Lesotho appoints experts, calls prequalifications 24 Jan 2019

Shani Wallis, TunnelTalk

After a two-year deferred start, Phase II of the Lesotho Highlands Water Project in Southern Africa has made a positive start to 2019 with appointment of the engineering panel of experts and invitation to prequalify for design-build contracts associated with building a concrete faced rockfill dam at Polihali and a tunnel to connect the reservoir to the Katse Dam reservoir created under Phase IA of the project (Fig 1).

Elements of Phases I and II of the bi-national project
Elements of Phases I and II of the bi-national project

The call for expressions of interest for the construction of the 165m high Polihali Dam and the 38km long transfer tunnel is expected to attract the attention of major international engineering and construction companies, and prequalification documents will include requirements for participation by Lesotho- and South Africa-national contractors. Pre-qualification documents are available at no cost from the Phase II project website and sealed applications must be submitted on or before 26 March 2019. A mandatory application meeting will be held on 29 January 2019 at 2pm Lesotho time at the Lesotho Highlands Development Authority offices in Maseru.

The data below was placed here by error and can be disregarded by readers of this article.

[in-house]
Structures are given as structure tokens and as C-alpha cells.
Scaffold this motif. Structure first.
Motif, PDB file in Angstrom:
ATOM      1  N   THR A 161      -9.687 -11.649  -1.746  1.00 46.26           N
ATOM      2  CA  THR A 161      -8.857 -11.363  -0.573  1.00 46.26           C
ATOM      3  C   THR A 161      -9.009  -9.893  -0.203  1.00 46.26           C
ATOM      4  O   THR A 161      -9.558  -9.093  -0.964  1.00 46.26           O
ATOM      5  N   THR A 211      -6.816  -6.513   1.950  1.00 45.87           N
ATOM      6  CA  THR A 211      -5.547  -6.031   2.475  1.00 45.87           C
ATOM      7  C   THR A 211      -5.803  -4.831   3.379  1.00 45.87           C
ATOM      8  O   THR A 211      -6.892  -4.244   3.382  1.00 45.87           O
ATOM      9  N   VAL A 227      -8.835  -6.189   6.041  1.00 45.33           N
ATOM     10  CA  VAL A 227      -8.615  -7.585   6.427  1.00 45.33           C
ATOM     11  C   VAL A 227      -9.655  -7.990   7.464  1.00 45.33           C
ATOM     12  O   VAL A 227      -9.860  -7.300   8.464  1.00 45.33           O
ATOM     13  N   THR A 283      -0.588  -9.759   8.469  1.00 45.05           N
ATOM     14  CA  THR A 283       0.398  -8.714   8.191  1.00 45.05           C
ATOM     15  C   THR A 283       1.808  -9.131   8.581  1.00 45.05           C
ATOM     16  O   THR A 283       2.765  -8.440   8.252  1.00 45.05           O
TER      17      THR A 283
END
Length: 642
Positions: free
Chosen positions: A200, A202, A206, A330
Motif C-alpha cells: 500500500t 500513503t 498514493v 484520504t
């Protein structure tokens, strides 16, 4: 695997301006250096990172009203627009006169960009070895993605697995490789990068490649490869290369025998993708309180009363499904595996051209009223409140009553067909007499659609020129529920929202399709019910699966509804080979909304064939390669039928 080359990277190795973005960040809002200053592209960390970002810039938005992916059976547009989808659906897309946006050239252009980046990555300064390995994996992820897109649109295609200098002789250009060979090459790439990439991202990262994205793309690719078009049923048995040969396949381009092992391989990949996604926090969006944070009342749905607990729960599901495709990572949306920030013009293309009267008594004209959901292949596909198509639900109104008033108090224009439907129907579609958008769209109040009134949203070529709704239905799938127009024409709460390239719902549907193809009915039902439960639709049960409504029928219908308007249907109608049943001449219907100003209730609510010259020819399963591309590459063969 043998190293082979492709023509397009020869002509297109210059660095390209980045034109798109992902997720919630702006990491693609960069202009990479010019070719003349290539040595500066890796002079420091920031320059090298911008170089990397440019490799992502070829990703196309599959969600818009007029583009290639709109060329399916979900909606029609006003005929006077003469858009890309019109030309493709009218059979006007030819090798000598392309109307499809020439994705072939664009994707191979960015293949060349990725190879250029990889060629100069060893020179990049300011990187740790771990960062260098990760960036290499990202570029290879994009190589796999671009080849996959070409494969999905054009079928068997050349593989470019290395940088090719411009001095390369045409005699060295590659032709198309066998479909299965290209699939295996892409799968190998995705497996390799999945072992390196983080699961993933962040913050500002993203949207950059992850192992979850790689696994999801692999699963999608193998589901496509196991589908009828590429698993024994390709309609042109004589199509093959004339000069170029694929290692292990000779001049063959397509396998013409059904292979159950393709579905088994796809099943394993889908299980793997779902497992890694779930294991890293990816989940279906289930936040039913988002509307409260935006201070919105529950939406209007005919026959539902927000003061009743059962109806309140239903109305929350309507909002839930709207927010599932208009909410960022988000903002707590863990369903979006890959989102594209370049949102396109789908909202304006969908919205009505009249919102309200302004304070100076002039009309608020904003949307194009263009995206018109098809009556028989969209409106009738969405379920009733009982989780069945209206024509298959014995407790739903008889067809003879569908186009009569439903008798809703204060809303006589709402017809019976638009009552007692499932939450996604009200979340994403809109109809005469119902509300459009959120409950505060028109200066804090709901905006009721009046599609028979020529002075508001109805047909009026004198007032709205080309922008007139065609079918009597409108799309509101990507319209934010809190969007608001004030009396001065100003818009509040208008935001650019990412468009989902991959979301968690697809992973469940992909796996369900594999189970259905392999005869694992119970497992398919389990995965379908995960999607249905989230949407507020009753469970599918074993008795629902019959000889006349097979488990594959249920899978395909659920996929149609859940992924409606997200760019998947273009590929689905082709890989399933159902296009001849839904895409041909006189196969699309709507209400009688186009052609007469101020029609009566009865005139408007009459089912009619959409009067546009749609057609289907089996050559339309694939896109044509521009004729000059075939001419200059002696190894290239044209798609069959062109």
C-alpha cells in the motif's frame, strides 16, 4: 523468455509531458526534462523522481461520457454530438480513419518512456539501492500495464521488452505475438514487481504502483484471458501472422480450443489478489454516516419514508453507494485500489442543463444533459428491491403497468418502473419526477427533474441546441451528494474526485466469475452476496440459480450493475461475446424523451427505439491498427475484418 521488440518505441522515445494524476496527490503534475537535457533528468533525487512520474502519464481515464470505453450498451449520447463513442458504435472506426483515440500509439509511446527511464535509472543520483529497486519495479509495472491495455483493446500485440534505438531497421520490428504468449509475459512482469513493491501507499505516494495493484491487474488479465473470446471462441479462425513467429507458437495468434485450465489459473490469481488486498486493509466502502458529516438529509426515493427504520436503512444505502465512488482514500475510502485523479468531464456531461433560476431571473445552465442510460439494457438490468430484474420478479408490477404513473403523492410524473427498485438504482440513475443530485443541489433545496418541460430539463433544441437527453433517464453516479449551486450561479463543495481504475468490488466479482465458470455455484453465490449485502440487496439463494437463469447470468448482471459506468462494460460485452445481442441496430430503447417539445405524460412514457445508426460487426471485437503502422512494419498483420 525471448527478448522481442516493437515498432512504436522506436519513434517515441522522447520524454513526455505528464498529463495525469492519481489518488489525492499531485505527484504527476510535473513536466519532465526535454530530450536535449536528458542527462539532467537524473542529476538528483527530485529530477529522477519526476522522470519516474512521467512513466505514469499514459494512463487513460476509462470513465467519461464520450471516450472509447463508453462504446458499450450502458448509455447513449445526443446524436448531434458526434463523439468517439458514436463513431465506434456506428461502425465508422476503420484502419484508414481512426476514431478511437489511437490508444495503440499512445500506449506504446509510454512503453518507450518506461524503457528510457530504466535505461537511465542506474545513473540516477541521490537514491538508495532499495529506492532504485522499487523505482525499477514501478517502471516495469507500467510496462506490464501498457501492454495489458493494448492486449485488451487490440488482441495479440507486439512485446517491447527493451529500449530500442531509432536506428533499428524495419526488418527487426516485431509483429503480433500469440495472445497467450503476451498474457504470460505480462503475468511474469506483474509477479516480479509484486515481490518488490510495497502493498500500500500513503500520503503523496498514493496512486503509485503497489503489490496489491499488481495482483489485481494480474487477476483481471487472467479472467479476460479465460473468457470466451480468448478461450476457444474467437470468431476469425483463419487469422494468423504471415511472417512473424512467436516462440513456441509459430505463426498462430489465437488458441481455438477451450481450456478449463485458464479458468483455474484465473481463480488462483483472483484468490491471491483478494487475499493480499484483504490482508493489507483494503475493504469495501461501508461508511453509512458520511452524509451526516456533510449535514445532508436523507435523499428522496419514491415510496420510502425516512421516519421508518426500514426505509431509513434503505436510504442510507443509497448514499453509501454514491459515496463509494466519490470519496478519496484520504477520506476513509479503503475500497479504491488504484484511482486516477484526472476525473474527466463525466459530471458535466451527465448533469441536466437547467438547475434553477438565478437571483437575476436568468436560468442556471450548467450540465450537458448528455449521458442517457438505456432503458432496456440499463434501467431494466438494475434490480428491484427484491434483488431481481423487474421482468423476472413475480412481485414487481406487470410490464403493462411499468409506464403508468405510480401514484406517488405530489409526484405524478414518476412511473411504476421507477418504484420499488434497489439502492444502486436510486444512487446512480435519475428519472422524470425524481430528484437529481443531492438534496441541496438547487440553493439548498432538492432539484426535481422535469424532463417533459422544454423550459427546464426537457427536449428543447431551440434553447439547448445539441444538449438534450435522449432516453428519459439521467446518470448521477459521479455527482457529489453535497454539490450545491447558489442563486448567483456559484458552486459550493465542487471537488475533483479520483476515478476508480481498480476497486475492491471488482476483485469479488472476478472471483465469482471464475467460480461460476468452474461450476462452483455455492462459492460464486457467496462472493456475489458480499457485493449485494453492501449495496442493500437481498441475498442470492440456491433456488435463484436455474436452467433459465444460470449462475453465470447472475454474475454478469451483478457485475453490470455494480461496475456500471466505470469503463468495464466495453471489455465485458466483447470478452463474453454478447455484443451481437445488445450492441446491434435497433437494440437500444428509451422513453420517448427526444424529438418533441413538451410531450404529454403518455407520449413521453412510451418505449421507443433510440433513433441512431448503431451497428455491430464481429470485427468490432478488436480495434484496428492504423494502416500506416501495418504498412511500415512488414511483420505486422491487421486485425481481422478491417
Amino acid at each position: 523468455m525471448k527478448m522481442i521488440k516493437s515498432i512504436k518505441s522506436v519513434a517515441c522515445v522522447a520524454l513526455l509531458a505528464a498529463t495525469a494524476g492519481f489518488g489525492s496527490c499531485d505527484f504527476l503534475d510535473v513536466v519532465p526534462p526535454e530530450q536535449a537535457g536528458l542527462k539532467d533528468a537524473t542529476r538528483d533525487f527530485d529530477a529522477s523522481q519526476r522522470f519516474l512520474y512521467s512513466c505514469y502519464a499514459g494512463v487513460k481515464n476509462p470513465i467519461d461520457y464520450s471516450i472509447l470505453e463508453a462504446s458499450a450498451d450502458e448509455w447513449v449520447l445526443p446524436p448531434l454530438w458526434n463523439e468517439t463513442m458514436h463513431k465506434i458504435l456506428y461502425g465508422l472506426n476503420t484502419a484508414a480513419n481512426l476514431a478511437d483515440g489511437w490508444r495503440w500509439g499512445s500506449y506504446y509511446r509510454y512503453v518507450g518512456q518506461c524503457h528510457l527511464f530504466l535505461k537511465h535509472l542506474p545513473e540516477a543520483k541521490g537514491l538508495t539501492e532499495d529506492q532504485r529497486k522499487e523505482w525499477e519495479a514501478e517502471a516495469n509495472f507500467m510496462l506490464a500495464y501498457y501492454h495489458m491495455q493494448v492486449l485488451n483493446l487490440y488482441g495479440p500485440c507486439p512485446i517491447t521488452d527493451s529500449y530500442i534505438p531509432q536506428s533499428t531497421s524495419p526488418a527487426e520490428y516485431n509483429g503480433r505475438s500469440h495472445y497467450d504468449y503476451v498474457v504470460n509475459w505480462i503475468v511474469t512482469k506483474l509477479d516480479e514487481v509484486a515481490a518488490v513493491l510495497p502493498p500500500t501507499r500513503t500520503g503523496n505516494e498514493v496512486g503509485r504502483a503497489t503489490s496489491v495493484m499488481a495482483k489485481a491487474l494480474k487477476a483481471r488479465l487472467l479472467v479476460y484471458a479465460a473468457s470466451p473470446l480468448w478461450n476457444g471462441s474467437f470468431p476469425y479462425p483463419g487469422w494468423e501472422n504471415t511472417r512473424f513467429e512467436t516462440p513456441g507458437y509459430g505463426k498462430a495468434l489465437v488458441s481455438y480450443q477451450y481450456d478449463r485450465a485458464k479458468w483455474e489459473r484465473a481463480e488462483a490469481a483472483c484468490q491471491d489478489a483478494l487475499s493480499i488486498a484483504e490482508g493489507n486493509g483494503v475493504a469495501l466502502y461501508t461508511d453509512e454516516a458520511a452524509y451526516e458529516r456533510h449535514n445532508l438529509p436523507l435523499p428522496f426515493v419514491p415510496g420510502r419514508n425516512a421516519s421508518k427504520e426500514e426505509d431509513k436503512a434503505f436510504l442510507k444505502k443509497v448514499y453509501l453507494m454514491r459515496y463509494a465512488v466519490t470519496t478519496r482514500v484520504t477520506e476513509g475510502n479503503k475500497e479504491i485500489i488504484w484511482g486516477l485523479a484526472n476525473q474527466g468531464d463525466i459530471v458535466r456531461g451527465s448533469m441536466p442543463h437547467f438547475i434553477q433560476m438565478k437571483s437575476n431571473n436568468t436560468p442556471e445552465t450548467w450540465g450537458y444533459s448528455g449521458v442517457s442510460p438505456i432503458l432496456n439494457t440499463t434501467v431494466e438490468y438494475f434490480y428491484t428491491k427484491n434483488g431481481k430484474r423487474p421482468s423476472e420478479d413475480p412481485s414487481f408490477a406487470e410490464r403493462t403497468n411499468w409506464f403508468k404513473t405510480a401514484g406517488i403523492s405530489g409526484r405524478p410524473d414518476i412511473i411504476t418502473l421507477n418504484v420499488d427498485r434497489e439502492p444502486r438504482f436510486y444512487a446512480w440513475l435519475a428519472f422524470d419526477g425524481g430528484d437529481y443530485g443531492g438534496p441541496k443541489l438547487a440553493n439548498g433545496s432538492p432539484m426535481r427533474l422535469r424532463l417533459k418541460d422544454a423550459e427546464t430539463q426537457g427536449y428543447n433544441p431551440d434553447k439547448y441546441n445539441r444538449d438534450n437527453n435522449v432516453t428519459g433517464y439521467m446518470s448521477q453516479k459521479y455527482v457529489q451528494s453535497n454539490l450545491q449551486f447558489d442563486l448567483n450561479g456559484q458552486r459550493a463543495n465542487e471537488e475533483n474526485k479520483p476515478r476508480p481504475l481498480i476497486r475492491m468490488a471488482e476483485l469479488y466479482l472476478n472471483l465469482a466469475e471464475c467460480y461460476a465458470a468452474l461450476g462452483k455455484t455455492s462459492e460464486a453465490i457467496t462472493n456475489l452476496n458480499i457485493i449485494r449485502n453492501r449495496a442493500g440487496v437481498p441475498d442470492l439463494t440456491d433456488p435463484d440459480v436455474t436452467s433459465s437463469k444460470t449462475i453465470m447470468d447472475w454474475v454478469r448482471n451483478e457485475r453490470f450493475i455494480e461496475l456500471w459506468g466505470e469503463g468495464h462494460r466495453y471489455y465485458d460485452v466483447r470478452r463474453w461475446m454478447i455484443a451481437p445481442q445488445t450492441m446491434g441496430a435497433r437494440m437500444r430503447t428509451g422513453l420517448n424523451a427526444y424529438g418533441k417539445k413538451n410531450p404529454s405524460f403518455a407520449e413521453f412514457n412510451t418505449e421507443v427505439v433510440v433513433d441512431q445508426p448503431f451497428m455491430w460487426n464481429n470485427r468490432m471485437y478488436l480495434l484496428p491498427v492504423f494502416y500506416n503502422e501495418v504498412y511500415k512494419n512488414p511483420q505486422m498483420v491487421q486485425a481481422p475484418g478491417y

In the meantime, proposals from two groups for the Polihali dam diversion tunnels contract, as part of early project works, revealed a bid from the Sinohydro SA/Nthane Brothers JV presenting of Maluti 227.6 million and a bid of more than double from the Salini Impregilo/CMC di Ravenna/LSP Construction Ltd/CMI Infrastructure Ltd JV at Maluti 517 million. Construction of the hydropower component of Phase II is subject to further feasibility study or three locations - two on the Senqu River and one at Oxbow – which are advancing and are expected to be completed by the second quarter of 2019. A pumped storage scheme option for the hydro component has been deferred due to the current prevailing economic conditions.

Following confirmation of members in December 2018, the first mission of the eight-member engineering panel this month (January 2019) was a site visit to the project area in the Mokhotlong district of Lesotho. The panel includes members from the United Kingdom, Europe, the United States, Canada and Australia and their expertise covers experience in tunnelling, geotechnical engineering, grouting, construction of concrete faced rockfill dams and hydro-mechanical installations.